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First published in 1925, Karl Kautsky presents a Marxist history of Christianity and Christian society. Divided into four key sections, the book begins by considering the personality of Jesus as portrayed within Pagan and Christian sources and highlighting the Church’s difficulty in presenting a unified and concurrent image of Jesus and interpretation of His words. Next, Kautsky analyses the structure of Roman society, with particular emphasis on the slave-holding system, the Roman State and the historiography of the period. In the third section, an early history of the Jewish people is presented, whilst the final section discusses the beginnings of Christianity and the social struggles present within early Christian society. This is a fascinating reissue, which will be of particular interest to students of Church History, Christian theology and the various interpretations of Jesus.
Originally published in 1992, this remarkable book challenges many of the assumptions governing the Sociology of Religion and the Sociology of Culture by arguing that Western religion is neither science nor morality - it is the promise of happiness. Learned and incisive, it will be essential reading for students of religion, culture and anyone interested in the character of Modernity.
First published in 1969, this title explores the origins of Spiritualism as a religious movement. The first part is a history of Spiritualism, with a focus on its origins within America and the development of the organisation within itself. Next, Nelson considers the rise of Spiritualism in Britain, using evidence taken from contemporary journals, other publications and interviews. Finally, the Spiritualist movement is analysed in terms of sociological theory, looking at the Church and the definition of a Cult, as well as concepts of authority and leadership. This is a fascinating work, which will be of great interest to students researching the origins and development of the movement of Spiritualism and its relationship with society.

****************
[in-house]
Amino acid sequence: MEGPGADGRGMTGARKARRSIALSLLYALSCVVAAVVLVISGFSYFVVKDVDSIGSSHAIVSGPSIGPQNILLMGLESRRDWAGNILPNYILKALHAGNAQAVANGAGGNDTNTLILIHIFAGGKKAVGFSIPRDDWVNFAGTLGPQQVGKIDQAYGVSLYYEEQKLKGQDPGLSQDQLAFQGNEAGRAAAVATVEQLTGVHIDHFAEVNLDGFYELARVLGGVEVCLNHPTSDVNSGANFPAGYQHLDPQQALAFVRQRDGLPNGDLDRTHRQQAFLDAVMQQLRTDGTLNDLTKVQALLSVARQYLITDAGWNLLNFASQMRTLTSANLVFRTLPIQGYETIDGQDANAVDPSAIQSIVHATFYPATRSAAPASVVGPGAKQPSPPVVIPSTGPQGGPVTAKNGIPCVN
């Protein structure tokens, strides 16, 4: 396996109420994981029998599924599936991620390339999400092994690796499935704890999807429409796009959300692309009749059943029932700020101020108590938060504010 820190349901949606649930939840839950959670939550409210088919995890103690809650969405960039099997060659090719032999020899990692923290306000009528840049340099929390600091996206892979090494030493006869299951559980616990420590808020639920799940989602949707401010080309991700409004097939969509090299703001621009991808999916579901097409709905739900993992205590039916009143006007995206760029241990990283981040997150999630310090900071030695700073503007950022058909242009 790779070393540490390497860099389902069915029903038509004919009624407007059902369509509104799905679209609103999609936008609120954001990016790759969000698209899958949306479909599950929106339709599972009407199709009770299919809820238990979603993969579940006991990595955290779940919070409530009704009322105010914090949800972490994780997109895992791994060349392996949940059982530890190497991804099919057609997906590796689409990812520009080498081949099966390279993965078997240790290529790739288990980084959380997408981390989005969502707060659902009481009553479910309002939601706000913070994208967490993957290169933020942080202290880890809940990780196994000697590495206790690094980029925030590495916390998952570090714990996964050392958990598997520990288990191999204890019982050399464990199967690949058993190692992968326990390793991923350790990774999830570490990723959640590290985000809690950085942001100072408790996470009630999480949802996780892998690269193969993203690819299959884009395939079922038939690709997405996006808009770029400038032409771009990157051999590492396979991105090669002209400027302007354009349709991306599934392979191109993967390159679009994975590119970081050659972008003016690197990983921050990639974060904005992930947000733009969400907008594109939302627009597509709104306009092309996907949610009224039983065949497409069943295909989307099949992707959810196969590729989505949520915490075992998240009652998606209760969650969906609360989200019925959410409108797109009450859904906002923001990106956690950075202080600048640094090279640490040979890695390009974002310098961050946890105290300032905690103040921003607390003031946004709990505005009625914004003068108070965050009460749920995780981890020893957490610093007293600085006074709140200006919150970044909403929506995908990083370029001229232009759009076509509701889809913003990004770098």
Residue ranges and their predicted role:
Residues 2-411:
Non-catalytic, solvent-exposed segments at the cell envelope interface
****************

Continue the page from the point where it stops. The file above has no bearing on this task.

First published in 2001, this is the first reference work to cover the archaeology of medieval Europe. No other reference can claim such comprehensive coverage -- from Ireland to Russia and from Scandinavia to Italy, the archaeology of the entirety of medieval Europe is discussed. With coverage ranging from the fall of the western Roman empire in the 5th century CE through the end of the high Middle Ages in 1500 CE, Medieval Archaeology: An Encyclopedia answers the needs of medieval scholars from a variety of backgrounds, including archaeologists, historians and classicists. Featuring over 150 entries by an international team of leading archaeologists, this unique reference is soundly based on the most important developments and scholarship in this rapidly growing field.
Sharpes' approach synthesizes historical, philosophical, and cultural standpoints. The text contains practical teaching applications alongside theory and an integrated emphasis of diversity and other multicultural themes. It also covers the history of schooling from ancient times to the present, including biographies of major non-Western figures as well as the canon of educational innovators.
The theodicy of the remarkable Scottish Congregationalist theologian Peter Taylor Forsyth has long been recognized as a vital and significant contribution to twentieth-century theology. Up until now, however, there has not been a substantial full-length treatment of Forsyth's work on the problem of evil. The Theodicy of Peter Taylor Forsyth fills this lacuna by setting out, in a fairly systematic and comprehensive manner, Forsyth's justification of God in the face of evil. In so doing, it also illuminates several other related areas of his thought, such as his epistemology and Christology, as well as his understanding of sin, the atonement, providence, divine passibility, human origins, and the God-world relationship. Bringing Forsyth's approach to the subject into conversation with other prominent thinkers like Leibniz, Dostoyevsky, Camus, Moltmann, Hick, Bauckham, and Fiddes, this book also suggests ways in which Forsyth's justification of God contributes to the current state of Christian theodicy. It highlights Forsyth's ability to integrate insights from different approaches, even those that have hitherto generally been considered diametrically opposed notions. Forsyth's theodicy therefore presents an integrative approach to the topic, with every theme flowing from and returning to a clear center: the cross of Christ. As the book also makes clear, Forsyth considers theodicy to be an immensely practical discipline, with significant implications for human life. In every sense, therefore, it constitutes a crucial justification of the ways of God to humanity.

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